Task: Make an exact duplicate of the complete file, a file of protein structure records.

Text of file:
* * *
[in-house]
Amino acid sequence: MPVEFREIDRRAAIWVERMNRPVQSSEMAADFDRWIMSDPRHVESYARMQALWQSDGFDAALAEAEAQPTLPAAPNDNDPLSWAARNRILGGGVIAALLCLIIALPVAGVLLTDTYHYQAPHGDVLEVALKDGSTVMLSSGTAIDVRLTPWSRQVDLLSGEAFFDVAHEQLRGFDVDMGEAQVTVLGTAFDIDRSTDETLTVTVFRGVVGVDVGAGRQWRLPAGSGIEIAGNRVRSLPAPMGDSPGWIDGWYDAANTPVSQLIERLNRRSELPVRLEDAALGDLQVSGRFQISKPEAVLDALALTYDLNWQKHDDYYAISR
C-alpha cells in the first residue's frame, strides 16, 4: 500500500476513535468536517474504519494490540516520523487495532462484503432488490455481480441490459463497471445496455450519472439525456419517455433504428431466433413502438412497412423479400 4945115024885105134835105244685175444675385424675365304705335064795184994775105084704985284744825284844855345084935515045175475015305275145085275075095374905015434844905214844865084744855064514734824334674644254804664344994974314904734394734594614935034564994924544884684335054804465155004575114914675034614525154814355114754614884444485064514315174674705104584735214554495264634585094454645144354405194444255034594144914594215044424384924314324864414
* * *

[in-house]
Amino acid sequence: MPVEFREIDRRAAIWVERMNRPVQSSEMAADFDRWIMSDPRHVESYARMQALWQSDGFDAALAEAEAQPTLPAAPNDNDPLSWAARNRILGGGVIAALLCLIIALPVAGVLLTDTYHYQAPHGDVLEVALKDGSTVMLSSGTAIDVRLTPWSRQVDLLSGEAFFDVAHEQLRGFDVDMGEAQVTVLGTAFDIDRSTDETLTVTVFRGVVGVDVGAGRQWRLPAGSGIEIAGNRVRSLPAPMGDSPGWIDGWYDAANTPVSQLIERLNRRSELPVRLEDAALGDLQVSGRFQISKPEAVLDALALTYDLNWQKHDDYYAISR
C-alpha cells in the first residue's frame, strides 16, 4: 500500500476513535468536517474504519494490540516520523487495532462484503432488490455481480441490459463497471445496455450519472439525456419517455433504428431466433413502438412497412423479400 4945115024885105134835105244685175444675385424675365304705335064795184994775105084704985284744825284844855345084935515045175475015305275145085275075095374905015434844905214844865084744855064514734824334674644254804664344994974314904734394734594614935034564994924544884684335054804465155004575114914675034614525154814355114754614884444485064514315174674705104584735214554495264634585094454645144354405194444255034594144914594215044424384924314324864414